When microorganisms are injected into the uterus during the IUD insertion procedure, it can happen.

Are There Different Types of IUDs?

So far, the FDA has approved five different IUD brands. One of them is the Paragard copper IUD. Killina, Lilletta, Milena, and Skyra are examples of hormone IUDs. Each variety of IUDs has its own set of side effects detailed below.

1. Kyleena’s Side Effects

Kyleena is a hormonal intrauterine device. Kyleena can produce the following negative effects in addition to the usual IUD side effects:

·         inflammation of the outer part of the vagina called vulvovaginitis

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·         headaches

·         pelvic pain

·         painful periods

·         sore breasts

2. Liletta’s Side Effects

Ectopic pregnancy can also be increased by using a Liletta IUD. If a woman wearing a Liletta IUD has severe bleeding or abdominal pain, she should see a doctor because these symptoms could signal an ectopic pregnancy. Other side effects of the Liletta IUD include:

·         In the first 3–6 months, you may experience irregular bleeding and spotting.

·         Painful ovarian cysts, which can cause pain and discomfort

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3. Mirena’s Side Effects

Some of the symptoms that people often experience after Mirena’s placement include:

·         Pain

·         Bleeding

·         Dizziness

·         Although these symptoms should usually go away within about 30 minutes

·         missed or irregular periods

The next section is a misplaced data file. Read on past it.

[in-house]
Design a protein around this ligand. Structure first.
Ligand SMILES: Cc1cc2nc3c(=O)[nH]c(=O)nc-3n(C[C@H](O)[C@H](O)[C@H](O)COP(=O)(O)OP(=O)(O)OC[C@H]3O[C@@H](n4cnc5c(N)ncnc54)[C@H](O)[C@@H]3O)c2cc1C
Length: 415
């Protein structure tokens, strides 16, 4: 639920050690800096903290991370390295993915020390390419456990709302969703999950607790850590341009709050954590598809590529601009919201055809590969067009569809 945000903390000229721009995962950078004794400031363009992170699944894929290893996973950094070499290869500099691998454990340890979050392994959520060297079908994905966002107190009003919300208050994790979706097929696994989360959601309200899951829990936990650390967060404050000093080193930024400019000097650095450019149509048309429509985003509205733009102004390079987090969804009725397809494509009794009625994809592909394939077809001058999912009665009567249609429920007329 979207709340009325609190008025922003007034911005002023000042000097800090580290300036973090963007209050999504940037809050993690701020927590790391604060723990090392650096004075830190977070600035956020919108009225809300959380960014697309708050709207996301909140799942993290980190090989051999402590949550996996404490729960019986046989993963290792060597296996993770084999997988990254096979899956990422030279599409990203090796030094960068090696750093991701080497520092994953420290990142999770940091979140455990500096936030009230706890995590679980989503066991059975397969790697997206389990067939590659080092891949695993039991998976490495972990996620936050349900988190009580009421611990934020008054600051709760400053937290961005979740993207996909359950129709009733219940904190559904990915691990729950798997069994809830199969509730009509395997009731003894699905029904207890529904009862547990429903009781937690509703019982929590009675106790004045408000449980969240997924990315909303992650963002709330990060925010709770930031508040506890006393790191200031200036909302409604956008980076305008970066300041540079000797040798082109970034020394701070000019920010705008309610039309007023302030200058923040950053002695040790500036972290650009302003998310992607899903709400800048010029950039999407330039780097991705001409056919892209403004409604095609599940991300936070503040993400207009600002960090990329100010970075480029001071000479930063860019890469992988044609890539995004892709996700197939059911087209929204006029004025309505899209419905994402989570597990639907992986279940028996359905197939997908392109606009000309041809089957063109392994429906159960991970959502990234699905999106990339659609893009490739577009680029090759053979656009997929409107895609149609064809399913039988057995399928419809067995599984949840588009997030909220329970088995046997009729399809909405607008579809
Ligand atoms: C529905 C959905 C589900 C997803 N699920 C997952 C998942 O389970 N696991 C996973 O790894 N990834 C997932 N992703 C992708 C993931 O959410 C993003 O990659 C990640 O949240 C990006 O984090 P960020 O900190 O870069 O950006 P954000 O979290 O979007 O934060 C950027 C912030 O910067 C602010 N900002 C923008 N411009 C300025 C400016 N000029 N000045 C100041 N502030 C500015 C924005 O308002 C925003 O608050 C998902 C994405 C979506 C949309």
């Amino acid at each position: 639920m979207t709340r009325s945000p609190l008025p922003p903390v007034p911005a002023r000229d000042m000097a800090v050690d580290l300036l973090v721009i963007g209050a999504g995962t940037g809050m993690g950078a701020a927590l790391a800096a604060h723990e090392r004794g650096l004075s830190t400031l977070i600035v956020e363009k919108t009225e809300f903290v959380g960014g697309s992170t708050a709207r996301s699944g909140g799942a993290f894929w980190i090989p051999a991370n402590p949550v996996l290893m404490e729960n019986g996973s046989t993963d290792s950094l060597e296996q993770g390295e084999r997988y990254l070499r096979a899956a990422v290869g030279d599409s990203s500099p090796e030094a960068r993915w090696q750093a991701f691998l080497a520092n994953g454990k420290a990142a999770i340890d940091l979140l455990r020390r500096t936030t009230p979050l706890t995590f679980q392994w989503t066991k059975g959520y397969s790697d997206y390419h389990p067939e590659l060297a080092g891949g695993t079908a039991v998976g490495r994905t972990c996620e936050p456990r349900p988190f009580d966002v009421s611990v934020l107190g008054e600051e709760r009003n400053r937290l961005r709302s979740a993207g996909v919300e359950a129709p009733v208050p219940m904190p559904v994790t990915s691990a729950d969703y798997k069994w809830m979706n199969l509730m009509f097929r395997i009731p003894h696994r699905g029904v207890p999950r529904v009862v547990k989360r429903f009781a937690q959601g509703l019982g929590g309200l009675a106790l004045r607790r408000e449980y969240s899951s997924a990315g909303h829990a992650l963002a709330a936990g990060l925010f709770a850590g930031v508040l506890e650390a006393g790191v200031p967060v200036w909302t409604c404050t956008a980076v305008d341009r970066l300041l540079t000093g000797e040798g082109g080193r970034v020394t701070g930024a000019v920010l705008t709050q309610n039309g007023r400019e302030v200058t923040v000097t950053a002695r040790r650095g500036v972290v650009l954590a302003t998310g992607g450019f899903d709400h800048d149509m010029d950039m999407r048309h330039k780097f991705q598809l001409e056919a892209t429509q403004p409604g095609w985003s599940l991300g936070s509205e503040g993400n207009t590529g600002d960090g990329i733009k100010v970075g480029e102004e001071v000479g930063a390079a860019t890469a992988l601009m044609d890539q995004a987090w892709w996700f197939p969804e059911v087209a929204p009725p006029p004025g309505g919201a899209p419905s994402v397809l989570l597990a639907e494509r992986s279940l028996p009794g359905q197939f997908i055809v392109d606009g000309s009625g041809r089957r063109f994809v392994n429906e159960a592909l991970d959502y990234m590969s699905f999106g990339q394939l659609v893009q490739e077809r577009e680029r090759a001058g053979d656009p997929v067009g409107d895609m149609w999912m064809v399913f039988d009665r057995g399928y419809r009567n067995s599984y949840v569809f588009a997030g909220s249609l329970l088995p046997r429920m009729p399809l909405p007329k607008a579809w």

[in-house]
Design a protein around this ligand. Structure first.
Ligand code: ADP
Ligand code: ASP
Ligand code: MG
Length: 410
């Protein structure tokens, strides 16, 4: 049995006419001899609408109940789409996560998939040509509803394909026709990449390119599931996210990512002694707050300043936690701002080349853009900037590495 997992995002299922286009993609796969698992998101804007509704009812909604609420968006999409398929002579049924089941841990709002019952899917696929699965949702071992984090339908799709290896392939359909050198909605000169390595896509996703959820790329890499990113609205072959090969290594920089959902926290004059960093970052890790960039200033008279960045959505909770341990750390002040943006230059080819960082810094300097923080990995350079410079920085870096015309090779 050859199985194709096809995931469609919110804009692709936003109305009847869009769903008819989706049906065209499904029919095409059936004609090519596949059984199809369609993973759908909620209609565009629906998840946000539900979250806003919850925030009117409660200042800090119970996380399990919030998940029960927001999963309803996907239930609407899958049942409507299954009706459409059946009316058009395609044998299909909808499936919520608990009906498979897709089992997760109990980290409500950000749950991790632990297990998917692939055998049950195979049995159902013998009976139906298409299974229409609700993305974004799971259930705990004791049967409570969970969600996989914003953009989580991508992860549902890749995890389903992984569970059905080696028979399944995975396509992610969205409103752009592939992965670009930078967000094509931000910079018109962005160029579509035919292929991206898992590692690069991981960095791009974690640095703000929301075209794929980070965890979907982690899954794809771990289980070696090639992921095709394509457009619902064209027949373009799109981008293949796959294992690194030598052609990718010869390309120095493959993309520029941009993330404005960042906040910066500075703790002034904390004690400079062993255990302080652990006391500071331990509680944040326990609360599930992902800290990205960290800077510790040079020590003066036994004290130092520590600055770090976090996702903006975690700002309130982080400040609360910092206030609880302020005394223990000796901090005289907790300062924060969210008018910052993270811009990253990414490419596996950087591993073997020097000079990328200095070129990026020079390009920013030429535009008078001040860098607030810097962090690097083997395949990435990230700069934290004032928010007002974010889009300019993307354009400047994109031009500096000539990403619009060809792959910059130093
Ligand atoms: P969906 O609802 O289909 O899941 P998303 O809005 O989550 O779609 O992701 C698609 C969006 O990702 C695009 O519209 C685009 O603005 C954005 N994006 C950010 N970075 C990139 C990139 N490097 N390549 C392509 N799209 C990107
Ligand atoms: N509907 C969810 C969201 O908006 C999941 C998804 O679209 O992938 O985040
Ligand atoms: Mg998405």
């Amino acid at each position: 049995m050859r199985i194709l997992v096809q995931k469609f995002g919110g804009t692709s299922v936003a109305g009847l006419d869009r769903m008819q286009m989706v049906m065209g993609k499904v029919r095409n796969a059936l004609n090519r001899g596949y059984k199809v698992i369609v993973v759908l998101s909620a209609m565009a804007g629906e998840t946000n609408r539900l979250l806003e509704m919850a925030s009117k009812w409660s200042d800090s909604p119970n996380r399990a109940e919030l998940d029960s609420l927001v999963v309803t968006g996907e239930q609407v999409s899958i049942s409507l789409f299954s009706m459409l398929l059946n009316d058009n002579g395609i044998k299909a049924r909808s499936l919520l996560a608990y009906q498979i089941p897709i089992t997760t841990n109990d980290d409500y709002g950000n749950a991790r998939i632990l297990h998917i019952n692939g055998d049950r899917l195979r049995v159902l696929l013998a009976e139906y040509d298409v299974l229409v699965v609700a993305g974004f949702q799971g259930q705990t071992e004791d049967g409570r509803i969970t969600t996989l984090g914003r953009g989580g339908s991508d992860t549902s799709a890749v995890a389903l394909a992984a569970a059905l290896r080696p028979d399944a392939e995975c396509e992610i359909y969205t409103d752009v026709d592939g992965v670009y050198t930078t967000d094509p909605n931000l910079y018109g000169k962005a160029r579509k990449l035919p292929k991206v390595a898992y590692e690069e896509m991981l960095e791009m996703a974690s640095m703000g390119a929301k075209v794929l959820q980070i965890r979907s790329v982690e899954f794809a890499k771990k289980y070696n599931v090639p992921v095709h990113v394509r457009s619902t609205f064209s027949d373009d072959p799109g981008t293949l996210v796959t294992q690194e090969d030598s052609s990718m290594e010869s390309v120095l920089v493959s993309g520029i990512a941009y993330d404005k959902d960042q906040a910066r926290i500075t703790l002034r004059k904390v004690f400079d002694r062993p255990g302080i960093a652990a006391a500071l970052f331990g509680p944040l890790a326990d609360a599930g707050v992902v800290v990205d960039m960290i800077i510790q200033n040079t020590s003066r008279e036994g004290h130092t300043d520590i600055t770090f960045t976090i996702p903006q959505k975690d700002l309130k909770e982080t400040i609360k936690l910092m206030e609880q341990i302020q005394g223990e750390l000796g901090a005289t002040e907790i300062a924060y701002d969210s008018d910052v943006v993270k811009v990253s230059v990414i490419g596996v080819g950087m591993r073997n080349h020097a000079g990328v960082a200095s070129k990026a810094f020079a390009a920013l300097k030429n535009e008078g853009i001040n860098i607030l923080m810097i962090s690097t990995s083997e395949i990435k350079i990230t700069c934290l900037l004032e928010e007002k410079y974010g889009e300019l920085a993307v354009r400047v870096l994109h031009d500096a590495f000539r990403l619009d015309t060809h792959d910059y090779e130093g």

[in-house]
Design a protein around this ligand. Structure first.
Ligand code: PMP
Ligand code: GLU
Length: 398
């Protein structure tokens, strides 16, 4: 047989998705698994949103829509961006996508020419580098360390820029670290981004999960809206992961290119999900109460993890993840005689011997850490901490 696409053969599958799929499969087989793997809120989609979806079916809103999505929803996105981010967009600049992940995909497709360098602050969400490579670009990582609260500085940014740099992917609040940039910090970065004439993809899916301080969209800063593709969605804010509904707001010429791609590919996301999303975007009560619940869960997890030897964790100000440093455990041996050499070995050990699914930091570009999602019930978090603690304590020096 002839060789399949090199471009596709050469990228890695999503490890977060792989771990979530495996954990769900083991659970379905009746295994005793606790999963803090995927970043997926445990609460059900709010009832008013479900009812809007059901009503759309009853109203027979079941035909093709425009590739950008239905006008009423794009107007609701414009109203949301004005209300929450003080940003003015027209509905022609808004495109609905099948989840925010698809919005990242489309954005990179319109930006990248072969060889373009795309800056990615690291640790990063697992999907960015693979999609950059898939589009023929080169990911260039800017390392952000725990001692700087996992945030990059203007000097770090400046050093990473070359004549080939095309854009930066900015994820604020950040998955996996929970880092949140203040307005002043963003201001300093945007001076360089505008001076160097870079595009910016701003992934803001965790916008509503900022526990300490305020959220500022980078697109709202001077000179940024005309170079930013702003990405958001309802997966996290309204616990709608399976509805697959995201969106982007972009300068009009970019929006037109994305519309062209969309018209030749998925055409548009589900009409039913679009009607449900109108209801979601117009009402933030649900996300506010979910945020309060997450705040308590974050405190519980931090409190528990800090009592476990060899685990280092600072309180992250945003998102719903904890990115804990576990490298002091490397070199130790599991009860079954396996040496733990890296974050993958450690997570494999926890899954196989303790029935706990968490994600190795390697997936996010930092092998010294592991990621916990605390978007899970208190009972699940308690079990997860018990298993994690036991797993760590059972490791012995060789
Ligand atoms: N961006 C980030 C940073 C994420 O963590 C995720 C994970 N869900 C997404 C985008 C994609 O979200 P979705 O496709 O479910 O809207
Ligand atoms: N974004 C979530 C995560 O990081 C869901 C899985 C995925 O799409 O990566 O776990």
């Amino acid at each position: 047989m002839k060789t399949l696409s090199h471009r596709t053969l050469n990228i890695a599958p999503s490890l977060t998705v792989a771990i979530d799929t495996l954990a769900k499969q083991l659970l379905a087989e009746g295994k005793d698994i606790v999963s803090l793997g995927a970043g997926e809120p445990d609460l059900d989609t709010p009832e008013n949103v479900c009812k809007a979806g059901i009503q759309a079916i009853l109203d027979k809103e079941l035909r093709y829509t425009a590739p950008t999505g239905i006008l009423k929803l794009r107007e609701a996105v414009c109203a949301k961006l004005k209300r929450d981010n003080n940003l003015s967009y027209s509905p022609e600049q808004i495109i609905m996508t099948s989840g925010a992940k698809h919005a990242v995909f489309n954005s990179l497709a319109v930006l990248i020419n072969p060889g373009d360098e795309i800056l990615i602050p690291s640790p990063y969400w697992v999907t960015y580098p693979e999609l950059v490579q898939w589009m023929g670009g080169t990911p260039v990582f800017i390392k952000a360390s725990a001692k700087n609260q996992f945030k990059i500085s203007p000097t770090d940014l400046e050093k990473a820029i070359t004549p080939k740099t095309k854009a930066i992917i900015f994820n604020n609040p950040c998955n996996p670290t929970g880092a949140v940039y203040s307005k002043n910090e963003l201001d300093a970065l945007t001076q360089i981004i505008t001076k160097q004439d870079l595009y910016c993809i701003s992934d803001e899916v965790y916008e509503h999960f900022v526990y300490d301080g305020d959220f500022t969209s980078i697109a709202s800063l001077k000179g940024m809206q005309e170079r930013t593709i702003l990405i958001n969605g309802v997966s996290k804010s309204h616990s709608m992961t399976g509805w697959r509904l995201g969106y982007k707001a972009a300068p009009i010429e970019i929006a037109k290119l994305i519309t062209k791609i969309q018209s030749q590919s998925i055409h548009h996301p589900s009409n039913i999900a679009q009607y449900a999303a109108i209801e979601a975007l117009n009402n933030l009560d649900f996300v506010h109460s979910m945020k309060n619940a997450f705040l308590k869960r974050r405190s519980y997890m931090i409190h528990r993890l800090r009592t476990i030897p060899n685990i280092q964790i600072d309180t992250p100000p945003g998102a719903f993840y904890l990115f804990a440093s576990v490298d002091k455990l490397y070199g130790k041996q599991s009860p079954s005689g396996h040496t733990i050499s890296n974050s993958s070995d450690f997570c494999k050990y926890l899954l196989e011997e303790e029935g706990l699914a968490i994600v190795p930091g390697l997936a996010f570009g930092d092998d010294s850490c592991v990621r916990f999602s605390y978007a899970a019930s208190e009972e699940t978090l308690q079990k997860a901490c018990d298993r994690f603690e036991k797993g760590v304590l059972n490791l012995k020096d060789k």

·         bleeding more or less than usual during a period in the first 3–6 months

4. Skyla’s Side Effects

·         Skyla may cause the following side effects: Irregular periods

·         missed menstrual periods

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·         Risk of ectopic pregnancy in case a woman gets pregnant while wearing an IUD

5. Paragard Side Effects

Paragard Hormones are not secreted by IUDs. Instead, they’re coated in copper, which works as a sperm blocker. However, they can still have negative consequences, such as:

·         metal-induced allergies

·         Low blood levels cause backache and a faint feeling.

·         During intercourse

·         menstrual-like cramping pain


If cramping is severe, lasts longer than three months, and has a foul-smelling discharge or heavy bleeding, you need to consult a gynecologist.

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1. Is it normal to have pelvic pain with IUD?

Bleeding and spotting between periods, abdominal/pelvic pain, and back pain are common Mirena IUD adverse effects. These usually go away within a few months of being implanted.

2. What does it feel like to have your IUD displaced?

If your IUD is misplaced, the most common signs and symptoms are: not being able to feel the IUD strings with your fingers. You can feel the spiral’s plastic. During intercourse, your partner can feel your IUD.

3. Can IUDs damage the uterus?

The main health risks associated with IUD use are perforation of the uterus, pregnancy (both intrauterine and ectopic), and pelvic inflammatory disease. Perforation by an IUD is a serious complication. It can occur both during and after insertion.